Mobility. Undoubtedly, you’ve heard this word before.
The definition is:
“the ability to move or be moved freely and easily.”
That’s a pretty good definition…though maybe not defined as clearly as could be useful.
One of my favorite things I learned from Frankie Faires: how he talked about athletic qualities. They were all based in terms of movement.
- Strength is the ability to move with force.
- Speed is the ability to move fast.
- Flexibility is the ability to move into extended ranges of motion.
- Endurance is the ability to move repetitively.
Mobility is the ability to…
Move freely and easily, from above seems pretty good.
But Frankie said it was the ability to differentiate movement.
Can you move in small, but different, ways? Or another way I think about it is the ability to control movement. Can you control your movement to move in all sorts of ways? Each of these definitions is helpful to see mobility through a slightly different lens.
The other important thing to notice is sometimes the lines between movement types (which are generalizations by definition) are blurry. And blurring the lines is good.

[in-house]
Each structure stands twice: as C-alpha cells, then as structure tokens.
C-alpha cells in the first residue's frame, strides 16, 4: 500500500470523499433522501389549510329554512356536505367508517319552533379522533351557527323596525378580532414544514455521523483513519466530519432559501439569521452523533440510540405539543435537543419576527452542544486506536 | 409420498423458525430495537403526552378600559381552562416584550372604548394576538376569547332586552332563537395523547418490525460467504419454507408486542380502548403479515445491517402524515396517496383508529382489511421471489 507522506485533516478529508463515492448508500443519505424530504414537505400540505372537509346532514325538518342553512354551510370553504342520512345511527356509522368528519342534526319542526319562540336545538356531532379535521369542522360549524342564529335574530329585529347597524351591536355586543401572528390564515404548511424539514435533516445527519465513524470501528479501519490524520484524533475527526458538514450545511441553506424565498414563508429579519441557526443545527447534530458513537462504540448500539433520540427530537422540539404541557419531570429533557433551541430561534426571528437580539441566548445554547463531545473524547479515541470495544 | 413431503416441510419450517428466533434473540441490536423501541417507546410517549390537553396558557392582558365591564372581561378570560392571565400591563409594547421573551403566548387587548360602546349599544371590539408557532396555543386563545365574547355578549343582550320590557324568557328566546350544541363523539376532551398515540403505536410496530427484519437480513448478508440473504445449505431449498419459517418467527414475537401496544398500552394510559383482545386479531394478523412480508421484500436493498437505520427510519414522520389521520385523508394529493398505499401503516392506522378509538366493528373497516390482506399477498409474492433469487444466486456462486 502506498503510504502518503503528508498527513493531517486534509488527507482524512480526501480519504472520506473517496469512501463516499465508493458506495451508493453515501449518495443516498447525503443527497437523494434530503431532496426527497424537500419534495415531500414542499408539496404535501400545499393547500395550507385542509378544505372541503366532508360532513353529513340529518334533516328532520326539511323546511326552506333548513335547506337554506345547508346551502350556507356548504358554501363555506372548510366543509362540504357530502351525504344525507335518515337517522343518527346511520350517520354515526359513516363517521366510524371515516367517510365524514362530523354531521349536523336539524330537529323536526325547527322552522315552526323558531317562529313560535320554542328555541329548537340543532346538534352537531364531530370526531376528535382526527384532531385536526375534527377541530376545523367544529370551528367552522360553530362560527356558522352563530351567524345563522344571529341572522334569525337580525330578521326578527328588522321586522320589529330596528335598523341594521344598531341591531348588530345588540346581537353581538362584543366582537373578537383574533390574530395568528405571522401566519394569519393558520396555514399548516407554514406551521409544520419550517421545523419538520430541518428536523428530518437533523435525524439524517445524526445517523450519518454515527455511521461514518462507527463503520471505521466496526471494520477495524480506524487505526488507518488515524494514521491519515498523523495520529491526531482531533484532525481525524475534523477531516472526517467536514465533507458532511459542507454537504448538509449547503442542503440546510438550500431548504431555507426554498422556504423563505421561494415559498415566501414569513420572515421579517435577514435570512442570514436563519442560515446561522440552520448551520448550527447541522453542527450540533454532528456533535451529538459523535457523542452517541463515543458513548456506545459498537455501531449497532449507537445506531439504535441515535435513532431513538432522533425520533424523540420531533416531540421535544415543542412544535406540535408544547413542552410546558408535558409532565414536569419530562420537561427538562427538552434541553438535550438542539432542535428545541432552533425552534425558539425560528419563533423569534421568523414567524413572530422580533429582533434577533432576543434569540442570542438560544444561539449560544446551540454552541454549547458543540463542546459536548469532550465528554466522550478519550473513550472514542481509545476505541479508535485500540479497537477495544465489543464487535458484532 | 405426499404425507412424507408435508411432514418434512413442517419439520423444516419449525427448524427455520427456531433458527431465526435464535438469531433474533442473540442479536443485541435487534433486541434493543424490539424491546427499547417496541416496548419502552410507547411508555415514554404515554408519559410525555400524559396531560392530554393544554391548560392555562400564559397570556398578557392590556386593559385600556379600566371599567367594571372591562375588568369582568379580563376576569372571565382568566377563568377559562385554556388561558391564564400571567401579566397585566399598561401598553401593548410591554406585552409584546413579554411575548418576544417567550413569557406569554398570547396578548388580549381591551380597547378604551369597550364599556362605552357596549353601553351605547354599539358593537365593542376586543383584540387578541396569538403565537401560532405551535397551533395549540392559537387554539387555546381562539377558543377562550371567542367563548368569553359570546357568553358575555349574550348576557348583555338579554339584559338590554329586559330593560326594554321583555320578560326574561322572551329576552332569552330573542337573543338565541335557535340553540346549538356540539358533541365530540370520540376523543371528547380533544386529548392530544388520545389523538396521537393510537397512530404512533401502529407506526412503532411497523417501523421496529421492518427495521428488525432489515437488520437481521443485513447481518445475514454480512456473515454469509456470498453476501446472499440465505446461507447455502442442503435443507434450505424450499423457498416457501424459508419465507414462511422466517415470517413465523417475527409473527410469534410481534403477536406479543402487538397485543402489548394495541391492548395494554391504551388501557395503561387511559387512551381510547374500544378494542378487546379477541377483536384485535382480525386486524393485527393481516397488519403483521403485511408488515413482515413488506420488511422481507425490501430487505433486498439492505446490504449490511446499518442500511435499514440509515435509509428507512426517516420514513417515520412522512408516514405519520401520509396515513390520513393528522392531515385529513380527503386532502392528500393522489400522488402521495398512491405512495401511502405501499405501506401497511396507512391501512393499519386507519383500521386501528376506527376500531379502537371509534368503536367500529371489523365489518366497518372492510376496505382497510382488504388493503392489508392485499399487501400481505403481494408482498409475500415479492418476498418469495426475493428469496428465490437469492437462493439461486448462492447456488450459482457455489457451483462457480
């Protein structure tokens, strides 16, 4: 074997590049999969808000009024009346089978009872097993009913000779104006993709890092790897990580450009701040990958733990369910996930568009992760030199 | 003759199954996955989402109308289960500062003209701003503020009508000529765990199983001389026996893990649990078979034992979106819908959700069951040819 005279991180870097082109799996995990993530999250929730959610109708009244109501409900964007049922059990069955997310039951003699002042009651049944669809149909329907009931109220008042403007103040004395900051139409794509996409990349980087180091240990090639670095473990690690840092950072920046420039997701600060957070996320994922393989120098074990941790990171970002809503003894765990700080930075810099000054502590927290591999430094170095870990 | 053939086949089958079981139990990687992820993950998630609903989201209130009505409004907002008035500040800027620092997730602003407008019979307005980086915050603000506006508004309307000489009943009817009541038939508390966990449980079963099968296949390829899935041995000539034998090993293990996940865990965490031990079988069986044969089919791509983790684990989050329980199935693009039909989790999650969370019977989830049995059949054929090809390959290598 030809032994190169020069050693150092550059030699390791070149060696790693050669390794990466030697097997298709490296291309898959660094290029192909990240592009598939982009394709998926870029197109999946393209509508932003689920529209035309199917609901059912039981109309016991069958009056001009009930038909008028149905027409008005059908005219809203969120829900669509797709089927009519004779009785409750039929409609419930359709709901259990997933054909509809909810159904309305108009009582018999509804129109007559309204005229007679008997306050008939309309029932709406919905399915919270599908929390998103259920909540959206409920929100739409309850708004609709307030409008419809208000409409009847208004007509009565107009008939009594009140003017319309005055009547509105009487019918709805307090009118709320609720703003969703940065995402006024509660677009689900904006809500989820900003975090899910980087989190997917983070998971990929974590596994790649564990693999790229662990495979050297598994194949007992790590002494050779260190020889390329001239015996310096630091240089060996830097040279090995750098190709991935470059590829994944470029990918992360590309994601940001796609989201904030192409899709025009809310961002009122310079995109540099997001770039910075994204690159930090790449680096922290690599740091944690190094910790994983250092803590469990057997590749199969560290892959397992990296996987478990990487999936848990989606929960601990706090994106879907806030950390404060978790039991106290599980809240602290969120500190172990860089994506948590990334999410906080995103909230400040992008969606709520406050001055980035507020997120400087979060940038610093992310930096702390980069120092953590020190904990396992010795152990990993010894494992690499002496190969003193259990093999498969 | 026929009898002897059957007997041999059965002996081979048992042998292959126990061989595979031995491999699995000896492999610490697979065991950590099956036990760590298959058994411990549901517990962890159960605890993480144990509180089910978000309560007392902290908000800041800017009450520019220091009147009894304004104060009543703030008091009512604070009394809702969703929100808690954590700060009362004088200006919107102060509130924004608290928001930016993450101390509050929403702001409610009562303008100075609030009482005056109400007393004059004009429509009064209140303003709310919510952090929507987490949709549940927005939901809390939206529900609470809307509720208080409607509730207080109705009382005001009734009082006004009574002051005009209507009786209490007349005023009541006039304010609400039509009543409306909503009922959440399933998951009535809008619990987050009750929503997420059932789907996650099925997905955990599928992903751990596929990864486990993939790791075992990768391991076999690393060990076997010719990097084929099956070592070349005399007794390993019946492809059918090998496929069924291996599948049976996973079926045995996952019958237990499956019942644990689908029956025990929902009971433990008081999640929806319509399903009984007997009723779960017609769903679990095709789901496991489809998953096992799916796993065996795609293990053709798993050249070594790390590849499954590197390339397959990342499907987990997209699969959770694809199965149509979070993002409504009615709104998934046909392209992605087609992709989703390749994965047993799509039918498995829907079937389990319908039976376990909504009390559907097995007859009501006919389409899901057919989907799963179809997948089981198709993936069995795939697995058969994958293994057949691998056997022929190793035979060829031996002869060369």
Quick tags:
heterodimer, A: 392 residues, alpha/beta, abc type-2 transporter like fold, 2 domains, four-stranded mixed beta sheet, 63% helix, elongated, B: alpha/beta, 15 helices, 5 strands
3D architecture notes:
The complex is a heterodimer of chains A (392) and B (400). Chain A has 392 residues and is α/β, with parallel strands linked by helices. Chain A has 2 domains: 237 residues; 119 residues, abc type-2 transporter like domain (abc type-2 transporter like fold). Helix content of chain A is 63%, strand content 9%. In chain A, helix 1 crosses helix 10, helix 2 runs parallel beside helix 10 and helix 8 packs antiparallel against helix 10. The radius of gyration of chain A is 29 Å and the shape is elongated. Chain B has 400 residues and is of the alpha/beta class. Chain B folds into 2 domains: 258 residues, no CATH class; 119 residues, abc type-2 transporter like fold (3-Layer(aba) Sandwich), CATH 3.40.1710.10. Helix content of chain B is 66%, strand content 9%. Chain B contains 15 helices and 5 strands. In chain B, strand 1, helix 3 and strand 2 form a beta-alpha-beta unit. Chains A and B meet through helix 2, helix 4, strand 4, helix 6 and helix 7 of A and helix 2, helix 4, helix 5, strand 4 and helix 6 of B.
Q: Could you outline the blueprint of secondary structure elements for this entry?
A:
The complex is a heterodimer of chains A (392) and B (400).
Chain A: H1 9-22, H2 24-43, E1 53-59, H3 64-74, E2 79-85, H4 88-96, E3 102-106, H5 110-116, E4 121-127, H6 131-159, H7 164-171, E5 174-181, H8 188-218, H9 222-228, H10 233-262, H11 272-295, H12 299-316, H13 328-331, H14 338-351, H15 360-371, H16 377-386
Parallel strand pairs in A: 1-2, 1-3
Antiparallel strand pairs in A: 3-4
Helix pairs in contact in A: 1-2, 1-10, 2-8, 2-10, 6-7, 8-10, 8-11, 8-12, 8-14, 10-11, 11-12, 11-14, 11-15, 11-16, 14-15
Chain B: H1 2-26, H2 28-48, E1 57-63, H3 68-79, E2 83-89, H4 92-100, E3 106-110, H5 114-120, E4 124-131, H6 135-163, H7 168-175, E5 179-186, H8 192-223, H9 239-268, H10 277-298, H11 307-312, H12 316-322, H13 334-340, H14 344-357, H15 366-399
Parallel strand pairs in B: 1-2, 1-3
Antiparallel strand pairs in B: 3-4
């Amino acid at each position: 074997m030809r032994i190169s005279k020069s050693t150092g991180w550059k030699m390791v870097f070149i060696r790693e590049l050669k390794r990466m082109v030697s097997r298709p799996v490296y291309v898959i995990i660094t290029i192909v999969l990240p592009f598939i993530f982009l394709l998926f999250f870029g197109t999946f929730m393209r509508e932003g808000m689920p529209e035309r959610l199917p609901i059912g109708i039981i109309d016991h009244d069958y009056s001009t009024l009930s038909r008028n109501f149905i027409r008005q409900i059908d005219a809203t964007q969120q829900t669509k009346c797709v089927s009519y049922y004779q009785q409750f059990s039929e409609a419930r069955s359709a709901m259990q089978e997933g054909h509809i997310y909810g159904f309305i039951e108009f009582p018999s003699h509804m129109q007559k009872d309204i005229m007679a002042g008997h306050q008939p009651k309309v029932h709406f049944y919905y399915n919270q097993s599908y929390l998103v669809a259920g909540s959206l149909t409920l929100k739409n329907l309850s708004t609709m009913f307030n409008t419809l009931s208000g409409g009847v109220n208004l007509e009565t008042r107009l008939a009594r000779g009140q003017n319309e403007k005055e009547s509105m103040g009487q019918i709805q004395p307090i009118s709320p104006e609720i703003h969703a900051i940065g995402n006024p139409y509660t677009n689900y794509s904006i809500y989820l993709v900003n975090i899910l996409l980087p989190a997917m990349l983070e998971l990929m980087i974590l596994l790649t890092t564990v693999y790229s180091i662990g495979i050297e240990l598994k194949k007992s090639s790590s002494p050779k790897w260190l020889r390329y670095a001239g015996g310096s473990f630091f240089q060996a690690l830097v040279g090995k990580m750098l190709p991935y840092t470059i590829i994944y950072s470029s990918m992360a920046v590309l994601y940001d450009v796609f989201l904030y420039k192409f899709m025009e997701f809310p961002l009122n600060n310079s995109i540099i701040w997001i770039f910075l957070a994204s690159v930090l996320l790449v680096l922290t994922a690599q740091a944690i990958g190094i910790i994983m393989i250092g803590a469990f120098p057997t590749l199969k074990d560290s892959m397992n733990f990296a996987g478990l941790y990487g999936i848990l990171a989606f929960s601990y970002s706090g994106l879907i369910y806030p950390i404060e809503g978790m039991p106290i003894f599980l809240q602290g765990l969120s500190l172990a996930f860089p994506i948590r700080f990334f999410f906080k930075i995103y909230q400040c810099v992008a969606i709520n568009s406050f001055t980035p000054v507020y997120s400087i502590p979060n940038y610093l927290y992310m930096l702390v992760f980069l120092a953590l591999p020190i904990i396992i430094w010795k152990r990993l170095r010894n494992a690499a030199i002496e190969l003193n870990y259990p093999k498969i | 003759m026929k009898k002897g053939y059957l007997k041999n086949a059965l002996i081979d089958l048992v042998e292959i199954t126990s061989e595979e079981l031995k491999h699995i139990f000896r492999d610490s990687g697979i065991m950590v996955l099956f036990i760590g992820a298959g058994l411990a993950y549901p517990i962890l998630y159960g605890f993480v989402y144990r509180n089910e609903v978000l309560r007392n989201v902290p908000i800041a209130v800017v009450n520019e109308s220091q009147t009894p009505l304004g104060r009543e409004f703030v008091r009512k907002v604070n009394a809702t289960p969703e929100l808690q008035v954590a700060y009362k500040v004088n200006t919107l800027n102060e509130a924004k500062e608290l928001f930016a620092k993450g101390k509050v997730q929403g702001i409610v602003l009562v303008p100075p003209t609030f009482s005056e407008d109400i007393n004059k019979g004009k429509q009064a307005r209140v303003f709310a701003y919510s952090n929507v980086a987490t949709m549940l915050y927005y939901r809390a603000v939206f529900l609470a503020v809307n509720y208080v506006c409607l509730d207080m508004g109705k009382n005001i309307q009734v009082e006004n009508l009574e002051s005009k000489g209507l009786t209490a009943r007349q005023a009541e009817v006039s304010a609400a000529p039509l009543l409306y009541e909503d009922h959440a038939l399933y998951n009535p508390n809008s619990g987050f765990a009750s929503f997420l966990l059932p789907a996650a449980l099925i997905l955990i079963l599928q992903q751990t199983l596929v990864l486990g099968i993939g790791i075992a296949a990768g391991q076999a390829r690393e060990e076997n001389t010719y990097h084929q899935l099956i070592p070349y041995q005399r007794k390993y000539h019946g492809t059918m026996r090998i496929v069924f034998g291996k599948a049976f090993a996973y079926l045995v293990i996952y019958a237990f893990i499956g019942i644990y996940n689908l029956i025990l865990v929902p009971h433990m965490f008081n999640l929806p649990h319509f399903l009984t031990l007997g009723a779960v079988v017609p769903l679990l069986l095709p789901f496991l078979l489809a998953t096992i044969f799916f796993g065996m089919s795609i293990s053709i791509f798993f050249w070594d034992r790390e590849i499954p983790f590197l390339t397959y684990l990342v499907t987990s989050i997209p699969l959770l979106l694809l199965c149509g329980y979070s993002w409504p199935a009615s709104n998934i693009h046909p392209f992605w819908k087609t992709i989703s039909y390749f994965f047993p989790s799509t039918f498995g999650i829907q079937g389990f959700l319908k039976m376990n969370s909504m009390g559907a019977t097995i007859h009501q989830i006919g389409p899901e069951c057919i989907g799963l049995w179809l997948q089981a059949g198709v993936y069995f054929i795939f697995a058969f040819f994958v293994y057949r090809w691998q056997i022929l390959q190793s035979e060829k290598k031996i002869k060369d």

Mobility vs. flexibility is one such area. After all, you want to move freely and easily into end ranges of motion often times. The right kind of mobility work is great for increasing your flexibility too.
Mobility vs. strength is another area. This is where loaded mobility comes in, which if all you’re doing is unloaded mobility movements, you’re missing out on so much.
In short, as I say on the course description page here, mobility is the ability to Move Better, Pain Free, Well into Old Age.